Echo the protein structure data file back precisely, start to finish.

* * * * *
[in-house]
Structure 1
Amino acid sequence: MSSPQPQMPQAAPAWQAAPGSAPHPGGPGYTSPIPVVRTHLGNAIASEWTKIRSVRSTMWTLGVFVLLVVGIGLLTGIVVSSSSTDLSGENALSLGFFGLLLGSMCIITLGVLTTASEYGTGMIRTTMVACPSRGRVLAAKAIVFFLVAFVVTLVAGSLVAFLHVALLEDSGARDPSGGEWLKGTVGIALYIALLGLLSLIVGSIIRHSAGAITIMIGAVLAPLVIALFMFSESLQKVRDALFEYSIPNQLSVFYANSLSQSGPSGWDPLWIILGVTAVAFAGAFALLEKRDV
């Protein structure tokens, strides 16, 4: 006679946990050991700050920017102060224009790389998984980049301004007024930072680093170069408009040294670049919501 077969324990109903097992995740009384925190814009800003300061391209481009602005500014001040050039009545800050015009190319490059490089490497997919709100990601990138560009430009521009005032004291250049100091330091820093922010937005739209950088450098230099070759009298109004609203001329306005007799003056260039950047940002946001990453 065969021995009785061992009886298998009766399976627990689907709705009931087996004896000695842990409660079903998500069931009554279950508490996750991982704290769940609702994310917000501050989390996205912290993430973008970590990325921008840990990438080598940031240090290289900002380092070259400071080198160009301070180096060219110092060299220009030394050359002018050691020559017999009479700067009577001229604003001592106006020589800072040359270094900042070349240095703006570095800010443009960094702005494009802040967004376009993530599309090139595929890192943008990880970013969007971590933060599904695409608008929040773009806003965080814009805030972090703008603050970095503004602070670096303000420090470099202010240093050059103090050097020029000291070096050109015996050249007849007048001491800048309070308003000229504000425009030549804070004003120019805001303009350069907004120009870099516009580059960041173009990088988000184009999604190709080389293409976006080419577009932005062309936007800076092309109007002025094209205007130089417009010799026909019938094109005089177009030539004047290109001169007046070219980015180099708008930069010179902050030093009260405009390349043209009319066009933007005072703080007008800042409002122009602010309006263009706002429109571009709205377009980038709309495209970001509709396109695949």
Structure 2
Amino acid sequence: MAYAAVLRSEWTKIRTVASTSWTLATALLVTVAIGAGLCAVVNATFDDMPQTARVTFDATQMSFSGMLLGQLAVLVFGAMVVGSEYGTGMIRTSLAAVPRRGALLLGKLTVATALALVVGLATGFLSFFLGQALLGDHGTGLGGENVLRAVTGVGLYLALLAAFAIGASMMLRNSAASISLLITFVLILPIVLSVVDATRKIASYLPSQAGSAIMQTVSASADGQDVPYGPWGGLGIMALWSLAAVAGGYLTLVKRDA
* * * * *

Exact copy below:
[in-house]
Structure 1
Amino acid sequence: MSSPQPQMPQAAPAWQAAPGSAPHPGGPGYTSPIPVVRTHLGNAIASEWTKIRSVRSTMWTLGVFVLLVVGIGLLTGIVVSSSSTDLSGENALSLGFFGLLLGSMCIITLGVLTTASEYGTGMIRTTMVACPSRGRVLAAKAIVFFLVAFVVTLVAGSLVAFLHVALLEDSGARDPSGGEWLKGTVGIALYIALLGLLSLIVGSIIRHSAGAITIMIGAVLAPLVIALFMFSESLQKVRDALFEYSIPNQLSVFYANSLSQSGPSGWDPLWIILGVTAVAFAGAFALLEKRDV
């Protein structure tokens, strides 16, 4: 006679946990050991700050920017102060224009790389998984980049301004007024930072680093170069408009040294670049919501 077969324990109903097992995740009384925190814009800003300061391209481009602005500014001040050039009545800050015009190319490059490089490497997919709100990601990138560009430009521009005032004291250049100091330091820093922010937005739209950088450098230099070759009298109004609203001329306005007799003056260039950047940002946001990453 065969021995009785061992009886298998009766399976627990689907709705009931087996004896000695842990409660079903998500069931009554279950508490996750991982704290769940609702994310917000501050989390996205912290993430973008970590990325921008840990990438080598940031240090290289900002380092070259400071080198160009301070180096060219110092060299220009030394050359002018050691020559017999009479700067009577001229604003001592106006020589800072040359270094900042070349240095703006570095800010443009960094702005494009802040967004376009993530599309090139595929890192943008990880970013969007971590933060599904695409608008929040773009806003965080814009805030972090703008603050970095503004602070670096303000420090470099202010240093050059103090050097020029000291070096050109015996050249007849007048001491800048309070308003000229504000425009030549804070004003120019805001303009350069907004120009870099516009580059960041173009990088988000184009999604190709080389293409976006080419577009932005062309936007800076092309109007002025094209205007130089417009010799026909019938094109005089177009030539004047290109001169007046070219980015180099708008930069010179902050030093009260405009390349043209009319066009933007005072703080007008800042409002122009602010309006263009706002429109571009709205377009980038709309495209970001509709396109695949």
Structure 2
Amino acid sequence: MAYAAVLRSEWTKIRTVASTSWTLATALLVTVAIGAGLCAVVNATFDDMPQTARVTFDATQMSFSGMLLGQLAVLVFGAMVVGSEYGTGMIRTSLAAVPRRGALLLGKLTVATALALVVGLATGFLSFFLGQALLGDHGTGLGGENVLRAVTGVGLYLALLAAFAIGASMMLRNSAASISLLITFVLILPIVLSVVDATRKIASYLPSQAGSAIMQTVSASADGQDVPYGPWGGLGIMALWSLAAVAGGYLTLVKRDA